Sunday, 26 May 2013

Shopping Bag hypotheses

Over the last week I had cause to think about the buying bags.

One of my daughters asked me to price a bag for her, let's call the brand, 'Longshot'. Well, I spotted the bag in a department store for £45 and decided to compare the price in the almost adjacent 'Longshot' shop, £48.

Hypothesis 1: The 'manufacturer's' price isn't necessarily best.

Nevertheless, I informed my daughter of the bag price, and that there was a 'look-alike' bag available at almost half the price. She wasn't interested in the 'look-alike' alternative as a member of the Royal Family had the 'Longshot' bag.

Hypothesis 2: Perceived celebrity endorsement can increase perceived value. Hypothesis 3: Paying for a branded bag, with no discernible difference in specification, can be twice the price or an equivalent.

Thankfully, she decided to delay the purchase until I was next in the Duty Free at Heathrow.

The next day, Friday, I was at the Chelsea Flower Show. As you arrive, it is worth noting there is a bag search - most people are carrying a bag. After entering the Show you can easily get a free bag from the main sponsor - and this year you may also have received a free poncho. Those bags are both functional and weather proof but do not have the year of the Show printed on them. You see many people carrying those bags at the Show. But there is also another bag, which appears, much more sought after, namely, the 'The Daily Telegraph' bag. It's cotton, printed with the year of the Show and quite a nice graphic. The Daily Telegraph bag, naturally enough, contains a copy of the Daily Telegraph. The bag is not weather proofed. The strange thing is that those bags are like gold dust - you see many people with more than one but, like some black art, you have no idea where they come from. This year I found out. For a brief moment a 'bag carrier' arrives, word goes out via the Bush Telegraph, a 'mob' gathers round and, for probably no more than two minutes, bags are dispensed free of charge. It's not the content of the bag they want, the newspaper, no, it's the bag itself! So you can expect to see bag devotees wander round the Show laden with free bags, carrying little in the bags ironically, other than bags. Then there's another bag the 'official RHS Chelsea Flower Show bag' - this year you could buy one for £12 and, low and behold, rather than use it to carry stuff in, protect it by placing it in one of the sponsors free bags! You may be asking 'why the bag search at the entrance?', well clearly those attending the Chelsea Flower Show bring a bag with them.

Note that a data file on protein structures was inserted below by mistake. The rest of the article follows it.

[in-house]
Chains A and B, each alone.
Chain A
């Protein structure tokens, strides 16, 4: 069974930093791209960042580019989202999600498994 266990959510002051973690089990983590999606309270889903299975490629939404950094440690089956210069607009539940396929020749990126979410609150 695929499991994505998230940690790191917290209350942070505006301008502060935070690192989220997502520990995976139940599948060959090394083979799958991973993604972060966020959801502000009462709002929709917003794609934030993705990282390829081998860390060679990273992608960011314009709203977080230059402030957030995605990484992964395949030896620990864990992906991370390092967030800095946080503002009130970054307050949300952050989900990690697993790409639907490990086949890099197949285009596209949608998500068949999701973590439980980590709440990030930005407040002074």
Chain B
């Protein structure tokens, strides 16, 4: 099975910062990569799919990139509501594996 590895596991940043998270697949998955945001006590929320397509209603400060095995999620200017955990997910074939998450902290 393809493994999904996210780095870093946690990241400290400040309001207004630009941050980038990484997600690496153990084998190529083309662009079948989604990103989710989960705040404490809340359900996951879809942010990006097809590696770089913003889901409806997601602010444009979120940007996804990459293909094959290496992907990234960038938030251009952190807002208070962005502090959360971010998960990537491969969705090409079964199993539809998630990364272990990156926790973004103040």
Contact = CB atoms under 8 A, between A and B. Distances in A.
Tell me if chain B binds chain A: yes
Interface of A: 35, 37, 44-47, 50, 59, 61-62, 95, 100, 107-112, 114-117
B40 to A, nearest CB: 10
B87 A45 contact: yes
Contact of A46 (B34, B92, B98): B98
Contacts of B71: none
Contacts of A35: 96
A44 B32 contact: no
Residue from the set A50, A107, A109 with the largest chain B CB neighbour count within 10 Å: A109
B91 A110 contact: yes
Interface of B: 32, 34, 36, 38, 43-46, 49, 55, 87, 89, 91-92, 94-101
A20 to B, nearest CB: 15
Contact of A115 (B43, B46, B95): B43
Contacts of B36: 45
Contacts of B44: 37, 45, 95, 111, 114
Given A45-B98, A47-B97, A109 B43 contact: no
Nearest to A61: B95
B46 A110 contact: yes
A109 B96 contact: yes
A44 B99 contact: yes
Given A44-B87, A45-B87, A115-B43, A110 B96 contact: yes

Hypothesis 4: Performance and functionality do not correspond to value. Hypothesis 5: Perceived value is related to scarcity. Hypothesis 6: Value is perceived in different ways, for example, the bag had more perceived value than its content. Hypothesis 7: People 'procure' even when there is no need.

Friday was a cold and wet day at Chelsea. My wife suggested taking refuge in what we thought was a cafe area. Insufficient seating indoors and an outside area with seating but no protection from the rain. As I queued to pay for the coffee I spotted the bags of crisps - £1.50 for a bag although they can be bought outside the Show for 50p - I was not tempted. (N.B. on my journey back home, while I waited for my flight, I had access to the business lounge, low and behold the same bags of crisps, free of charge.)

Hypothesis 8: Price comparison is a nonsense if you do not have access to buy at that price.

Saturday was a lovely day so we decided to visit Hampton Court Palace, former home of Henry VIII. We enjoyed ourselves and then, with just enough time time available before having to catch our train, we visited the 'Kitchen Shop'. You guessed it, there we found Hampton Court Palace bags on sale. Having procured three bags yesterday, I asked my wife what she was going to do with this bag, which was smaller than any of yesterday's, she replied "I can carry my lunch in it". As I'm sure you expected, all my CIPS training flashed before my eyes in an instant and I reached for my wallet.

Hypothesis 9: Long term perceived value can outweigh purchase price.

To cap it all, I revisited the 'Longshot' bag purchase in the duty free area of Heathrow. Once again, the 'Longshot' shop were more expensive than the almost adjacent alternative supplier, although both were marginally cheaper than the Thursday options. A quick text to my daughter provided the reassurance I wanted to hear. No, don't make the purchase, that was despite the purchase being so desirable on Thursday.

Hypothesis 10: Causing a delay in a purchase can lead to a revision of the justification to buy.

All this bag purchasing is not without irony. In Northern Ireland we have a polly bag tax, buy something and you will be asked if you want a bag, if you require a bag you will be charged 5p tax. Now, the next time I am in a shop, having been involved in the procurement of a number of bags over the last week, do you think I will have a bag available to place the purchase in? ...

Hypothesis 11: Individual consumer buying decision making is similar to business buying decision making.

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